ICOPER and outcomes

The other European project I’m involved in for CETIS is called ICOPER. Over the last couple of weeks I’ve been doing some work improving the deliverable D2.2, mainly working with Jad Najjar. I flag it here because it uses some of the conceptual modelling work I’ve been involved in. My main direct contribution is Section 2. This starts with part of an adaptation of my diagram in a recent post here. It is adapted by removing the part on the right, for recognition, as that is of relatively minor importance to ICOPER. As ICOPER is focused on outcomes, the “desired pattern” is relabelled as “intended learning outcome or other objective”. I thought this time it would be clearer without the groupings of learning opportunity or assessment. And ICOPER is not really concerned with reflection by individuals, so that is omitted as well.

In explaining the diagram, I explain what the different colours represent. I’m still waiting for critique (or reasoned support, for that matter) of the types of thing I find so helpful in conceptual modelling (again, see previous post on this).

As I find so often, detailed thinking for any particular purpose has clarified one part of the diagram. I have introduced (and will bring back into the mainstream of my modelling) an “assessment result pattern”. I recognise that logically you cannot specify actual results as pre-requisites for opportunities, but rather patterns, such as “pass” or “at least 80%” for particular assessments. It takes a selection process (which I haven’t represented explicitly anywhere yet) to compare actual results with the required result pattern.

Overall, this section 2 of the deliverable explains quite a lot about a part of the overall conceptual model intended to be at least approximately from the point of view of ICOPER. The title of this deliverable, “Model for describing learning needs and learning opportunities taking context ontology modelling into account” was perhaps not what would have been chosen at the time of writing, but we needed to write to satisfy that title. Here, “learning needs” is understood as intended learning outcomes, which is not difficult to cover as it is central to ICOPER.

The deliverable as a whole continues with a review of MLO, the prospective European Standard on Metadata for Learning Opportunities (Advertising), to get in the “learning opportunities” aspect. Then it goes on to suggests an information model for “Learning Outcome Definitions”. This is a tricky one, as one cannot really avoid IMS RDCEO and IEEE RCD. As I’ve argued in the past, I don’t think these are really substantially more helpful than just using Dublin Core, and in a way the ICOPER work here implicitly recognises this, in that even though they still doff a cap to those two specs, most of RDCEO is “profiled” away, and instead a “knowledge / skill / competence” category is added, to square with the concepts as described in the EQF.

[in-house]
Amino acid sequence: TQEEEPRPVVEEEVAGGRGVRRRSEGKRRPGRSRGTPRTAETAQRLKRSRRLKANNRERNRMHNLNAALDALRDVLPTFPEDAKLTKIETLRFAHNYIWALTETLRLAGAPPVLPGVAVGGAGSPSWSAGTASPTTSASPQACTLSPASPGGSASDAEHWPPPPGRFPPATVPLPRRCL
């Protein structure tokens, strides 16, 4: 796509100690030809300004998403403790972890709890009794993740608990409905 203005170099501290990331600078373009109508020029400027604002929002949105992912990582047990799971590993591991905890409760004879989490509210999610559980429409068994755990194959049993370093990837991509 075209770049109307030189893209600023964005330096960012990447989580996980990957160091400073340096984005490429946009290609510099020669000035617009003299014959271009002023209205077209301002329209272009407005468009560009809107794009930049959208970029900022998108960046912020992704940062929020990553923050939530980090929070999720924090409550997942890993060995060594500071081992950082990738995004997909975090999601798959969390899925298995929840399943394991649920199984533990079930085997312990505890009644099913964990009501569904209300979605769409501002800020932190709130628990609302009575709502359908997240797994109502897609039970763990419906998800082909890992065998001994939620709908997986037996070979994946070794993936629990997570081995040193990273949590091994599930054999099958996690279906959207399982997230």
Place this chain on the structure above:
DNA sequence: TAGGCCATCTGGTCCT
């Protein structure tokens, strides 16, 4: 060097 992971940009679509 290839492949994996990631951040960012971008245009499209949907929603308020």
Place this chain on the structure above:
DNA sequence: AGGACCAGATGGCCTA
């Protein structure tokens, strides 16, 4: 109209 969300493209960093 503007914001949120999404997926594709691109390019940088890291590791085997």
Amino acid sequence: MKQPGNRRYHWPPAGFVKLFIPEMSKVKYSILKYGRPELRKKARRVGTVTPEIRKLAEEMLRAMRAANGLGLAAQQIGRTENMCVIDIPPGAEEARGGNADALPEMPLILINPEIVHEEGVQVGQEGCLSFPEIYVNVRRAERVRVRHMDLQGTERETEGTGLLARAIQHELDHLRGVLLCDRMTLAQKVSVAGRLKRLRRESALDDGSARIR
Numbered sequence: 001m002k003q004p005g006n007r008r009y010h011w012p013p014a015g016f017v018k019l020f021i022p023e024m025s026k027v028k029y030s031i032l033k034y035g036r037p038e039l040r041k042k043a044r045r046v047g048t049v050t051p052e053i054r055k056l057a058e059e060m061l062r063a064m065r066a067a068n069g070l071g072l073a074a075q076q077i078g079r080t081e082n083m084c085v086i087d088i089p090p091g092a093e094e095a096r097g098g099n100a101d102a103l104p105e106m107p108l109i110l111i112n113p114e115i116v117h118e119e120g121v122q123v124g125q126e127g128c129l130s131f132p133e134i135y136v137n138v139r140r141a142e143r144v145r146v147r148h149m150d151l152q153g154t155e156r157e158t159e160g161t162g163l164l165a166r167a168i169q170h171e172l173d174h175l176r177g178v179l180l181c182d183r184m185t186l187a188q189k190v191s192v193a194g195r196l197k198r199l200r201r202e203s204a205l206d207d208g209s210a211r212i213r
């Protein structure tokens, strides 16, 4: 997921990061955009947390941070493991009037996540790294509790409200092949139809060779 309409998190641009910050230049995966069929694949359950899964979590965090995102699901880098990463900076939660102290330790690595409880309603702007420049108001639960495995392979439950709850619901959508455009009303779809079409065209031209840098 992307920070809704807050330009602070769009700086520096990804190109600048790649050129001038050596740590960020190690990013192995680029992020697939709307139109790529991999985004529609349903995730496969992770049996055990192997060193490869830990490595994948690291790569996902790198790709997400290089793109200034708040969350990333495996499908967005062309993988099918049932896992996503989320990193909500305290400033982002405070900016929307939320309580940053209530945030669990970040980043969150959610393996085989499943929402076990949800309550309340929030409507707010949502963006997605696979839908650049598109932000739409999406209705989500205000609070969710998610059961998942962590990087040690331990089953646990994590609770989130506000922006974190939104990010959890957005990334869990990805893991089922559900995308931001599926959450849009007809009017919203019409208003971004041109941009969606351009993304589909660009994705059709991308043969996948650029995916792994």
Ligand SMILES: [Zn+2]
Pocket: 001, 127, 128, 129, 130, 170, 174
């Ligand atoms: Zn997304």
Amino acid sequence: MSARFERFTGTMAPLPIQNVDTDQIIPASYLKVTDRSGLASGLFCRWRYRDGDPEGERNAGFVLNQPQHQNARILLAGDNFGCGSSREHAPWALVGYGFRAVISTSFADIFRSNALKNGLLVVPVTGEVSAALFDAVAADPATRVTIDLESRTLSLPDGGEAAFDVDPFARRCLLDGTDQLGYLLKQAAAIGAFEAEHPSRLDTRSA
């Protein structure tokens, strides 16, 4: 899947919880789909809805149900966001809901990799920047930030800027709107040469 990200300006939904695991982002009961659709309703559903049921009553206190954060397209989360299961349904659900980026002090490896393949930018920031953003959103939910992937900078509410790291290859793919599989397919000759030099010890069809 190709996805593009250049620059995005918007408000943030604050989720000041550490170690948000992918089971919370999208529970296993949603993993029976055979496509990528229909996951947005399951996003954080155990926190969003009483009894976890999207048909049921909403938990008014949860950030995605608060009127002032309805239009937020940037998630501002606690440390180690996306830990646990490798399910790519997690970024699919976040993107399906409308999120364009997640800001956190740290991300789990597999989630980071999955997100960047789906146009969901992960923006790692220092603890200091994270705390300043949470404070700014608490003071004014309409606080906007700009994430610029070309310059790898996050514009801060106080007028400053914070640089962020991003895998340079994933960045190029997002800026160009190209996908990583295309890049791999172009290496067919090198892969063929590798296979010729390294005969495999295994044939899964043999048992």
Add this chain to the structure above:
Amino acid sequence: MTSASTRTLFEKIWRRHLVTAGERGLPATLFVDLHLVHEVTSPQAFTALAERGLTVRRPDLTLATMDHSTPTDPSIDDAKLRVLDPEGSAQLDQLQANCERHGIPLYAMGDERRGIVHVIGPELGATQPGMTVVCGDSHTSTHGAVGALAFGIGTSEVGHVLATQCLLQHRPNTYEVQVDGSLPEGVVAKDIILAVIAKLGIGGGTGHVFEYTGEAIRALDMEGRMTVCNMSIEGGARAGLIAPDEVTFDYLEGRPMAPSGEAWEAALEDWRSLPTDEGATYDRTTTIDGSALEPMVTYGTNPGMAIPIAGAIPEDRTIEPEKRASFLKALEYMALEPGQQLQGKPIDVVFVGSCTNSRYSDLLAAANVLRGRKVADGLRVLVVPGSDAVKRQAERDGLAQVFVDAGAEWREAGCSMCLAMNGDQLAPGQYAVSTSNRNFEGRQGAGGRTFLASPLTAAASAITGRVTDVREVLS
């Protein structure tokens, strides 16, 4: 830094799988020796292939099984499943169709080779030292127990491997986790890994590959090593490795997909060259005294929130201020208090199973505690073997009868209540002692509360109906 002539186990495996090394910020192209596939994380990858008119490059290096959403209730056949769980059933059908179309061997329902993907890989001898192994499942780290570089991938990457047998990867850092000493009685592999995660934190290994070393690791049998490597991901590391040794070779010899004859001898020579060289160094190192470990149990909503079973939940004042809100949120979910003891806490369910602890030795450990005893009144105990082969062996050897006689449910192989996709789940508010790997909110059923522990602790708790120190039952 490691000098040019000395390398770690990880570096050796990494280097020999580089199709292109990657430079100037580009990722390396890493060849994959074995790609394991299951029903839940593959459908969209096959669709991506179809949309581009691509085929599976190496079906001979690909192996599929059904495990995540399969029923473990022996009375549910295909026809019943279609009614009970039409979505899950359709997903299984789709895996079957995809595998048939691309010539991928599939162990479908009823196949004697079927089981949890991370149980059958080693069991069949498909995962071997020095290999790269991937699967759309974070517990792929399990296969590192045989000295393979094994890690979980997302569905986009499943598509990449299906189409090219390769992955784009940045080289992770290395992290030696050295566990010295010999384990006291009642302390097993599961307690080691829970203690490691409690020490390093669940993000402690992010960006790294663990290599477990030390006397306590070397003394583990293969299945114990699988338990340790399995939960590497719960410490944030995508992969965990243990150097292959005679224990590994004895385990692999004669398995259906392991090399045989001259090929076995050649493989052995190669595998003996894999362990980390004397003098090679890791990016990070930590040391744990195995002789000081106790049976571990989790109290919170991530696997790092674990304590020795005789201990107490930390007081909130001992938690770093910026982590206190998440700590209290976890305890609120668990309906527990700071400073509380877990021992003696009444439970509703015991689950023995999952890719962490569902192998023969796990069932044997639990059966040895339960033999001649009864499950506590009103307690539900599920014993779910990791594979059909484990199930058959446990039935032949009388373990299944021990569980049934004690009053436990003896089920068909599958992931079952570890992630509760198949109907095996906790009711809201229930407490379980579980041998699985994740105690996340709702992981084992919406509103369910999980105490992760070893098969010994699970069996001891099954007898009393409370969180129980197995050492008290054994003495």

Perhaps the other really interesting part of the deliverable was one we put in quite a lot of joint thinking to. Jad came up with the title “Personal Achieved Learning Outcomes” (PALO), which is fine for what is intended to be covered here. What we have come up with (provisionally, it must be emphasised) is a very interesting mixture of bits that correspond to the overall conceptual model, with the addition of the kind of detail needed to turn a conceptual model into an information or data model. Again, not surprisingly, this raises some interesting questions for the overall conceptual model. How does the concept of achievement (in this deliverable) relate to the overall model’s “personal claim expression”? This “PALO” model is a good effort towards something that I haven’t personally written much about – how do you represent context in a helpful way for intended learning outcomes or competences? If you’re interested, see what you think. For most skills and competences, one can imagine several aspects of context that are really meaningful, and without which describing things would definitely lose something. Can you do it better?

I hope I’ve written enough to stimulate a few people at least to skim through that deliverable D2.2.

2 thoughts on “ICOPER and outcomes

  1. Pingback: Bringing ICOPER methodology discussion forward

  2. Pingback: PLE, e-p, or what? | Simon Grant of CETIS

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